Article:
Planning Your Squarespace Website

Cooper’s step-by-step guide to getting started creating your website content

Image of scribbled notes for a website plan

So, you’ve accepted our website design proposal, and maybe you’re wondering, “What’s next?” 

Never fear! We’ll cover all of this in onboarding, and you are free to wait to think about it until we have a chance to talk about strategy. But if you’re a type-A personality with a desire to know what to expect, or if you benefit from having extra time to get inspired, this article is for you.

If you’re a DIY Squarespace user, welcome, and best of luck to you as well! You too deserve good resources on this journey. If you get stuck, feel free to schedule a bit of time to get one-on-one help from us right here. We’re really friendly, and we know our stuff.

Step 1: Brainstorming Phase

As a former college English teacher, I see many similarities between the ways I taught my students to plan their essays and the way I coach our clients to bring their content ideas to life.

Teaching two basic concepts helped me to get my students, and now our clients, into the right mental attitude for brainstorming:

Concept #1: Loosen up.

First of all, I encourage you to use an old-fashioned writing utensil and paper if it will help you reduce the clutter in your mind. Sometimes staring at a screen isn’t the best way to get raw ideas out of your head during the brainstorming phase. When I am in the beginning stages of planning a new project, I usually use analog tools because it helps me be loose and flexible about allowing new ideas to flow.

Having too many ideas is easier to fix than having too few. So, consider stretching, taking some deep breaths, making a cup of tea, and grabbing a notebook and pencil to follow along!

Concept #2: Begin with the end in mind.

For website planning, starting from the end result means crafting your calls to action and creating a list of possible keywords before you do anything else.

Calls to Action

To begin, put on your business strategist hat and write a list of words and phrases that describe the WORK your website needs to do for you. Specifically, think about exactly what you would like site visitors to DO as a result of visiting your website, starting with verbs. At first, just list them all out.

Here are some typical possibilities to choose from:

  • book a session with me

  • attend my workshop/webinar

  • visit the restaurant

  • donate to our fundraiser

  • review our business on Facebook

  • sign up for my newsletter

  • schedule a consultation

  • contact me for a quote

  • look at my art portfolio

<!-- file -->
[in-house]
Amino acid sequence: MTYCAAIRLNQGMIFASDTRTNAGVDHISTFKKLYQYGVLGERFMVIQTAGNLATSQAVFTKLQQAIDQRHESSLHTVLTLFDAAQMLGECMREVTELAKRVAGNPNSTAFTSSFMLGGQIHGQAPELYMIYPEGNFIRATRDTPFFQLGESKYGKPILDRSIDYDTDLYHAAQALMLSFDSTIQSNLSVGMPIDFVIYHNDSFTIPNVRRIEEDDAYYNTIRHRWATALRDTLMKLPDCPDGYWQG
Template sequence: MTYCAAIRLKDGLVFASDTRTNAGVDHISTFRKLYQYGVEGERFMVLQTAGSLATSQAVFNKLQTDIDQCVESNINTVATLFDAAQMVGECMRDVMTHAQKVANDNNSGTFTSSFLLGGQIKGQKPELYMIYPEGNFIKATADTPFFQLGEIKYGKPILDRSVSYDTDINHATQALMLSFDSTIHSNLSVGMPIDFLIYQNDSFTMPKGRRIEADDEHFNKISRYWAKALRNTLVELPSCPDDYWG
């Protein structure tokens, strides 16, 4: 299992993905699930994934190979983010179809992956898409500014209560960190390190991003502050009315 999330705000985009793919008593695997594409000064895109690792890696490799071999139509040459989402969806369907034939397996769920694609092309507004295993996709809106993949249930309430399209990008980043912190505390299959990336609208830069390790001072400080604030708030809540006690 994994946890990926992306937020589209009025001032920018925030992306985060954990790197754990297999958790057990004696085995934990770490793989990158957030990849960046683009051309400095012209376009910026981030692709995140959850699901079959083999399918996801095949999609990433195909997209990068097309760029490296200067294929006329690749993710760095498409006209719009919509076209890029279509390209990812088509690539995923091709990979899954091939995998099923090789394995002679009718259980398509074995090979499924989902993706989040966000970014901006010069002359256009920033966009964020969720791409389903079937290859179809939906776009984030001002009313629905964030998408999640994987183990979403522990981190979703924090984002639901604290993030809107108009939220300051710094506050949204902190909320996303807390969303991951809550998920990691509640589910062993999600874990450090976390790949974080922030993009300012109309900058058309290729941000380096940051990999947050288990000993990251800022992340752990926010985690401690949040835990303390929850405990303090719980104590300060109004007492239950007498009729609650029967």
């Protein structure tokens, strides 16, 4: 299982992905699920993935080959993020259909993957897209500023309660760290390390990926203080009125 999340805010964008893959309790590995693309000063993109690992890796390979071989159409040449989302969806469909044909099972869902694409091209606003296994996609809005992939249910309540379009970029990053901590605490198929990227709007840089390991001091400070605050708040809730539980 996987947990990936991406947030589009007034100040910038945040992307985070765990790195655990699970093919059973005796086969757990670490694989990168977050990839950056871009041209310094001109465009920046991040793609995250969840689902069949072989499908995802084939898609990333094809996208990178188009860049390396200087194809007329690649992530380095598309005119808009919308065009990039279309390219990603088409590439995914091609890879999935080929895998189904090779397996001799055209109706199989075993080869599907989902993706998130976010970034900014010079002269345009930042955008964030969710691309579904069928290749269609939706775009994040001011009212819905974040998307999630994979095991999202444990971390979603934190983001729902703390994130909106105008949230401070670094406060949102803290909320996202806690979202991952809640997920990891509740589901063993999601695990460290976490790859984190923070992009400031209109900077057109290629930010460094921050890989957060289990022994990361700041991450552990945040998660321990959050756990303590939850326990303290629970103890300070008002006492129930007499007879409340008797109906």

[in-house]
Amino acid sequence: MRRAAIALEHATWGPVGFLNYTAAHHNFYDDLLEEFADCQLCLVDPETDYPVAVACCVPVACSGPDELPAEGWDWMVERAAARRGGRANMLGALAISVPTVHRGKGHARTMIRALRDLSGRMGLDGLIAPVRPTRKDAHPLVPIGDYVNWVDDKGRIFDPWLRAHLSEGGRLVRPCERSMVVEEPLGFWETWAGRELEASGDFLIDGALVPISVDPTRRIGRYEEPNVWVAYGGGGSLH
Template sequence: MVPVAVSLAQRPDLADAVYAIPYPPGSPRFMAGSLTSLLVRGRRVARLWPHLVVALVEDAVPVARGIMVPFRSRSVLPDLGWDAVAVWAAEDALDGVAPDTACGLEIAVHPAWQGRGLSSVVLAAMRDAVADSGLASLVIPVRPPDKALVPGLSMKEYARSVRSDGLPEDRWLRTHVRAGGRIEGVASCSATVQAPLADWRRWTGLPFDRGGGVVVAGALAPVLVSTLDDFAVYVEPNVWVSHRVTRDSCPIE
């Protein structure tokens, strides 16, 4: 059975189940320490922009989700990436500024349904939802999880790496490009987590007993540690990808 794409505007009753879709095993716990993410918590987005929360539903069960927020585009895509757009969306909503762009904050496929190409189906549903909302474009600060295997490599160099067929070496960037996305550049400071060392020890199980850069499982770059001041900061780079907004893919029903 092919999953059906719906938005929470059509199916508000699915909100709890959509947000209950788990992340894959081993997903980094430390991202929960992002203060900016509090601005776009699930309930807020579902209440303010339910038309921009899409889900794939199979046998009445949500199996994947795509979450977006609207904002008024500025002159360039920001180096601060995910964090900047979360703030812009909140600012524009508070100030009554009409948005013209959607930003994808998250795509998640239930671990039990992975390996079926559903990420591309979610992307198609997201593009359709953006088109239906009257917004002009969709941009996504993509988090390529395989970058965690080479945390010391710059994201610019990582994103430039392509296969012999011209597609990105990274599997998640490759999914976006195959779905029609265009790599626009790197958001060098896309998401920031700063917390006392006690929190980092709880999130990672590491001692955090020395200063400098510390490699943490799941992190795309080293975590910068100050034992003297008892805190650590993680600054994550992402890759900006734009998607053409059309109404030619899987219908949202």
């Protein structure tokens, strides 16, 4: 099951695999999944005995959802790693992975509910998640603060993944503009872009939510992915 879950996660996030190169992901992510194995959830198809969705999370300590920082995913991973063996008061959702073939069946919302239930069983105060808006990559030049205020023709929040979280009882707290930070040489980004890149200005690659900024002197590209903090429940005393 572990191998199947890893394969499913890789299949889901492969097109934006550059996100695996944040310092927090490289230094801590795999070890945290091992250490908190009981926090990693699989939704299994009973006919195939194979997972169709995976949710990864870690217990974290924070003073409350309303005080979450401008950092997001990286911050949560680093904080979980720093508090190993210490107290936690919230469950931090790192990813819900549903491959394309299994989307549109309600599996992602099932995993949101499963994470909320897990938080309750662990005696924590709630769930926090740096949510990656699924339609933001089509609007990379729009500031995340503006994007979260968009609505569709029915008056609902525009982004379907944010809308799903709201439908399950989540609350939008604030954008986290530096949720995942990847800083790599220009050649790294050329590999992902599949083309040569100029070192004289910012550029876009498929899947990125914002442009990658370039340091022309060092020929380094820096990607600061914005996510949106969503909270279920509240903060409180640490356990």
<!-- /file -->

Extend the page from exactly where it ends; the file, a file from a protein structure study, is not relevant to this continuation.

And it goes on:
• buy my products

  • read my blog

  • follow my business on social media

Now that you have your list of all the possibilities, rank them in order of importance, or how desirable they are as an outcome of someone visiting your website.

Congratulations! You’ve identified your main calls to action: your top choices on this list. All the decisions we make about crafting your website’s user experience (or UX design) depend on this little list of priorities. The secondary calls to action can find a home on your site, too. But the main ones guide our design choices the most.


Another way to begin with the end in mind is to think about what search terms people might use to find you on Google (or one of those other barely-mentionable search engines). Even though our typical packages include some SEO strategy, your input on this is very valuable because you know your business or organization better than anyone.

Brainstorming your keyword list (a list of words and phrases that searchers would use to find you) can also help you create your website’s content. That’s because you’ll perform better in search engines if you use keywords not just in your page descriptions for search engines, but also in your headlines throughout the site.

The term “keywords” could be somewhat misleading because most of the highest-value keywords are actually two- and three-word phrases. There are many articles available online about this alone. You might start by running a Google search on “easy keyword research” or “keyword research basics.”

When you have a list of some of your top keywords, you’ll want to think about working them into your website’s headings and text wherever you can get away with it—without making everything sound like an amateur commercial. We’ll handle writing the page titles and descriptions for you, so don’t worry about that yet. You just need to focus on creating keyword-rich text that puts the things you want search engines to recognize you for as close to the top of your pages as possible, where those clever crawler robots can find them and put you in the right categories to surface in relevant searches.

Here are a few samples from a (much longer) list of keywords that our team recently helped a local professional organizer brainstorm for use in her website planning:

  • Asheville professional organizer

  • Retirement downsizing

  • Moving help in Asheville

  • New baby preparation

  • Marie Kondo minimalism

  • Minimalist home

  • De-clutter kids playroom

  • Simplify my house

See how these rough ideas could transform into specific headings like, “Call today if you are ready to de-clutter and organize your life,” or a blog post titled, “How to help your aging parents downsize their home and prepare for assisted living”?

Hang onto this list, and treat it like a valuable asset as you write and plan your website’s content.

Coming Soon….. Step 2: Drafting a Site Map!

(Here’s a teaser image for you, made with Bubbl. Click to enlarge and see my completely silly site map example!)

With love and pixel glitter,

Project Manager
The LightPress Team